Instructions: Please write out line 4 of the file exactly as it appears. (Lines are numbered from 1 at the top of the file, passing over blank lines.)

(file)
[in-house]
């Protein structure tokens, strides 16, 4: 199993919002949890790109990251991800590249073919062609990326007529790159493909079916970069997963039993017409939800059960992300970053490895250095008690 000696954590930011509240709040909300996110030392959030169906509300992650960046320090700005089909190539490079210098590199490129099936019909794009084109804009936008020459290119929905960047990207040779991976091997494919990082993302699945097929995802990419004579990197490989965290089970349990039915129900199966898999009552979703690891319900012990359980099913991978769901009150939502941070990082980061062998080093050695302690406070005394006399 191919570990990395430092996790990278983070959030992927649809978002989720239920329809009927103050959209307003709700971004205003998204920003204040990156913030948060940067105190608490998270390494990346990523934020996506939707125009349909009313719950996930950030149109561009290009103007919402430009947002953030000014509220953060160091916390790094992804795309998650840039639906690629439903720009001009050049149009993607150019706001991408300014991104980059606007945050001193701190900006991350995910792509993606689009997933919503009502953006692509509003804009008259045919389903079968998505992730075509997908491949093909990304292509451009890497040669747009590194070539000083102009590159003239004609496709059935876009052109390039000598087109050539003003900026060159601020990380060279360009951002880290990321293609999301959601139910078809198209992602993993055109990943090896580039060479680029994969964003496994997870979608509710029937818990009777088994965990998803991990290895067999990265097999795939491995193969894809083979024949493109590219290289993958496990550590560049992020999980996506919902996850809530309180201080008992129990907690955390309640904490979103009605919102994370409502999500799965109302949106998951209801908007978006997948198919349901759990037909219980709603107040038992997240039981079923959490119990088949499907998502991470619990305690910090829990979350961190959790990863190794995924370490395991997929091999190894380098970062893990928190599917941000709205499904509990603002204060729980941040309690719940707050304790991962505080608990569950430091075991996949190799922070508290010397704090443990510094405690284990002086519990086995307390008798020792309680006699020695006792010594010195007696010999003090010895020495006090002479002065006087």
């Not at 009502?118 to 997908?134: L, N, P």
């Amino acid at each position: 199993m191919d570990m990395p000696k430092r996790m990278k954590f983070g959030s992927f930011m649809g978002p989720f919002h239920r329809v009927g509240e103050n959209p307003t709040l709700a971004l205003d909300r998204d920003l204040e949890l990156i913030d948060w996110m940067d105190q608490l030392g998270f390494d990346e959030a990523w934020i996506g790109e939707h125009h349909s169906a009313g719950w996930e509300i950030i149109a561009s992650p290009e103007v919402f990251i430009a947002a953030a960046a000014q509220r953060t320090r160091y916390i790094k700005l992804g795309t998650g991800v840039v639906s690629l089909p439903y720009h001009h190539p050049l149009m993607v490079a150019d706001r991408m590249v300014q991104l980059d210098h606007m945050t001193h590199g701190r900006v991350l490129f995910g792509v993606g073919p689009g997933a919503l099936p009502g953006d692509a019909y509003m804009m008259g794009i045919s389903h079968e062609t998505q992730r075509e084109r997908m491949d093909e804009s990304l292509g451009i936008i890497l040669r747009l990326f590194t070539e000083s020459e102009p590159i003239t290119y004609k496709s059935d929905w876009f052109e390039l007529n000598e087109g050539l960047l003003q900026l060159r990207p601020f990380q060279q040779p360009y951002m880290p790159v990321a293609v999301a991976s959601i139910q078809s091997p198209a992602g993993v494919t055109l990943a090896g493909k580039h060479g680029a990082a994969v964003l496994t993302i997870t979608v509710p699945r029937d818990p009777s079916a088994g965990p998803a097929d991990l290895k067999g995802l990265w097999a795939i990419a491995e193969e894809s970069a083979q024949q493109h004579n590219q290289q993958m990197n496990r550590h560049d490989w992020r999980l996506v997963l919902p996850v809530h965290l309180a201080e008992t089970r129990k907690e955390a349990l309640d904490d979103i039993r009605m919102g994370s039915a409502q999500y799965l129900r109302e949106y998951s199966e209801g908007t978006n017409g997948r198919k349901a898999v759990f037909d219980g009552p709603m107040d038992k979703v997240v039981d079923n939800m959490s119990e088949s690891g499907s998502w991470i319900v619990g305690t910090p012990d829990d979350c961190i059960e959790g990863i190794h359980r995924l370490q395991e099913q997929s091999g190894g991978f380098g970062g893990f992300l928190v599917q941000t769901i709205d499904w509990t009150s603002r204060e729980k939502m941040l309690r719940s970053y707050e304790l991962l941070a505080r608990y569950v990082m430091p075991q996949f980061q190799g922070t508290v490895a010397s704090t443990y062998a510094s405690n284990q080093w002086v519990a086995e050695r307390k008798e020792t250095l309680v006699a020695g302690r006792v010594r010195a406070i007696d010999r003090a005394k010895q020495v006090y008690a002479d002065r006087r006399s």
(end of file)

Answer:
């Amino acid at each position: 199993m191919d570990m990395p000696k430092r996790m990278k954590f983070g959030s992927f930011m649809g978002p989720f919002h239920r329809v009927g509240e103050n959209p307003t709040l709700a971004l205003d909300r998204d920003l204040e949890l990156i913030d948060w996110m940067d105190q608490l030392g998270f390494d990346e959030a990523w934020i996506g790109e939707h125009h349909s169906a009313g719950w996930e509300i950030i149109a561009s992650p290009e103007v919402f990251i430009a947002a953030a960046a000014q509220r953060t320090r160091y916390i790094k700005l992804g795309t998650g991800v840039v639906s690629l089909p439903y720009h001009h190539p050049l149009m993607v490079a150019d706001r991408m590249v300014q991104l980059d210098h606007m945050t001193h590199g701190r900006v991350l490129f995910g792509v993606g073919p689009g997933a919503l099936p009502g953006d692509a019909y509003m804009m008259g794009i045919s389903h079968e062609t998505q992730r075509e084109r997908m491949d093909e804009s990304l292509g451009i936008i890497l040669r747009l990326f590194t070539e000083s020459e102009p590159i003239t290119y004609k496709s059935d929905w876009f052109e390039l007529n000598e087109g050539l960047l003003q900026l060159r990207p601020f990380q060279q040779p360009y951002m880290p790159v990321a293609v999301a991976s959601i139910q078809s091997p198209a992602g993993v494919t055109l990943a090896g493909k580039h060479g680029a990082a994969v964003l496994t993302i997870t979608v509710p699945r029937d818990p009777s079916a088994g965990p998803a097929d991990l290895k067999g995802l990265w097999a795939i990419a491995e193969e894809s970069a083979q024949q493109h004579n590219q290289q993958m990197n496990r550590h560049d490989w992020r999980l996506v997963l919902p996850v809530h965290l309180a201080e008992t089970r129990k907690e955390a349990l309640d904490d979103i039993r009605m919102g994370s039915a409502q999500y799965l129900r109302e949106y998951s199966e209801g908007t978006n017409g997948r198919k349901a898999v759990f037909d219980g009552p709603m107040d038992k979703v997240v039981d079923n939800m959490s119990e088949s690891g499907s998502w991470i319900v619990g305690t910090p012990d829990d979350c961190i059960e959790g990863i190794h359980r995924l370490q395991e099913q997929s091999g190894g991978f380098g970062g893990f992300l928190v599917q941000t769901i709205d499904w509990t009150s603002r204060e729980k939502m941040l309690r719940s970053y707050e304790l991962l941070a505080r608990y569950v990082m430091p075991q996949f980061q190799g922070t508290v490895a010397s704090t443990y062998a510094s405690n284990q080093w002086v519990a086995e050695r307390k008798e020792t250095l309680v006699a020695g302690r006792v010594r010195a406070i007696d010999r003090a005394k010895q020495v006090y008690a002479d002065r006087r006399s």